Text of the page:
When off-trail routes are described, you’ll often see “go down a scree field” or “make your way through a talus slope. “
So what the heck is talus? What the heck is scree? And what the heck is the difference???
Technically there is no difference as defined by outdoor users.
However, most people, myself included, make a distinction between the two in outdoor circles. As has been the case for over two-hundred years.
The Oxford English Dictionary, states that the first recorded written use of the term “scree” was by the Reverend John Hutton in the glossary of his 1781 guidebook, “Tour to Caves” (2nd Ed.), in which he defined “scree” as small stones or pebbles and that the first recorded written use of the term “talus” was by the eminent English geologist Sir Charles Lyell in his classic 1830 treatise, “Principles of Geology.”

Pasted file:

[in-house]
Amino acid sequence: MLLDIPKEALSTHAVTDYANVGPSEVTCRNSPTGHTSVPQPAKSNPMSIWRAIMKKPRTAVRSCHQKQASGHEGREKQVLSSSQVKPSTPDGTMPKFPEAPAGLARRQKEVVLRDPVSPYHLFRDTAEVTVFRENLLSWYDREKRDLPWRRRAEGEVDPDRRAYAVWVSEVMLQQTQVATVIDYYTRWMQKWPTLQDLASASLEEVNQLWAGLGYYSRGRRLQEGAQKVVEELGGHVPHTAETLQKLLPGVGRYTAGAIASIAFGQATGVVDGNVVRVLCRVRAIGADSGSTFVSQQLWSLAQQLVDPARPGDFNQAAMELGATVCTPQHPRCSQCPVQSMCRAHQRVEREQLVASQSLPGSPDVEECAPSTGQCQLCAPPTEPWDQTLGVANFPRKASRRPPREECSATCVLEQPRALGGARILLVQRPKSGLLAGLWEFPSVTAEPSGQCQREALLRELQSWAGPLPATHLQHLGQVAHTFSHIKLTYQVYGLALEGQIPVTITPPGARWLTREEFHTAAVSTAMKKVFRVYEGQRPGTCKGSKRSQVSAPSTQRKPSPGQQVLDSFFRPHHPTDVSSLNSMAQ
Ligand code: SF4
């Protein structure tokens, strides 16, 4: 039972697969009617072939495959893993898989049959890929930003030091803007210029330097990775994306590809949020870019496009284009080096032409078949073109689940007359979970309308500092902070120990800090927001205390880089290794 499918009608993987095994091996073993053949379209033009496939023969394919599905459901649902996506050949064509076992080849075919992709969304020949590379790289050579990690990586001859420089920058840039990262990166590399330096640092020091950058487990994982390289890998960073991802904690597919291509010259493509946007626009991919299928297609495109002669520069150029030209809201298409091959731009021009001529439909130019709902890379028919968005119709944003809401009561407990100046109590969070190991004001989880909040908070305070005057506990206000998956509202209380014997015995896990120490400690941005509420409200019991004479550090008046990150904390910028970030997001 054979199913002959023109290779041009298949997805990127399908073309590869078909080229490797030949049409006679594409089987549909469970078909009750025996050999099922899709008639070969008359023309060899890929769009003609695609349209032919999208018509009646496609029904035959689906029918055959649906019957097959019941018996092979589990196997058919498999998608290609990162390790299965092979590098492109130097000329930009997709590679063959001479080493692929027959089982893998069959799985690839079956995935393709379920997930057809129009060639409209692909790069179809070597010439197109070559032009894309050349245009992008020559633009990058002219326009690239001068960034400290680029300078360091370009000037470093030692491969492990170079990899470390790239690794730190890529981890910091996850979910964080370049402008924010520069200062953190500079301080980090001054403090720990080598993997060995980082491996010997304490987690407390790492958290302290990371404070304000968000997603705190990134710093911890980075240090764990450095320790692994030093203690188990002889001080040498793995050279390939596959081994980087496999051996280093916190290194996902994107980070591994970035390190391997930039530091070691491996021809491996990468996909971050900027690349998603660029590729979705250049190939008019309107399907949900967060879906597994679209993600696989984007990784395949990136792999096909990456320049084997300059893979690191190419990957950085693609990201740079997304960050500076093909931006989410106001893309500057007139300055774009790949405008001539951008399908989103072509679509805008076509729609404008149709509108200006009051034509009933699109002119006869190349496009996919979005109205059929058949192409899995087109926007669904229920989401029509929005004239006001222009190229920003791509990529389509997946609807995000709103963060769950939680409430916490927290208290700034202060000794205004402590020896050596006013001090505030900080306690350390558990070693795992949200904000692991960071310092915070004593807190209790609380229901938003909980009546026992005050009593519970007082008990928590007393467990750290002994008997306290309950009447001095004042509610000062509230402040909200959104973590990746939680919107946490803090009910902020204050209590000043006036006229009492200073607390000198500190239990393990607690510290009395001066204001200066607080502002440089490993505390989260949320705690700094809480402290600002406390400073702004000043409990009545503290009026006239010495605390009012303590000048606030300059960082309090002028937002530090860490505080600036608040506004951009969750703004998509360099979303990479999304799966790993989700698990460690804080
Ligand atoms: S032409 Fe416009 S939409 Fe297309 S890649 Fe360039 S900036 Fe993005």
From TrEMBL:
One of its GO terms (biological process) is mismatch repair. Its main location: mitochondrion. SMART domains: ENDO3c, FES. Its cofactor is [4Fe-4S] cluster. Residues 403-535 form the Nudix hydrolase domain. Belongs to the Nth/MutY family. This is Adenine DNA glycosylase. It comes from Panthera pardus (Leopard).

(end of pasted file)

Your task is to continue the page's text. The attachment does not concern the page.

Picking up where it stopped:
Note that the word scree has been defined longer than talus.
In general for common outdoor usage…
Scree is loose. Generally small sized rocks. I’d say up to a ping-pong ball or so in size at the most:
Talus is generally larger and can be loose or not:
As with the YDS classes, there is some gray area between what is scree and what is talus. And you’ll often find them gradually mixing into each other, too.
Overall summary: Among hikers, climbers, and outdoor users in general scree is loose and small; talus is larger and not nearly as loose as scree. You can often go boulder hopping with talus. You can “ski” a scree field.
And for the professional geologists who question this commonly accepted outdoors definition, don’t tell your IT person that the internet is down when you can FTP, access Usenet, email, and ssh into a server when you actually mean you can’t get to your Game of Thrones recap on YouTube. And please stop referring to monochromatic film on old movies or archival photos as “black and white.” 😉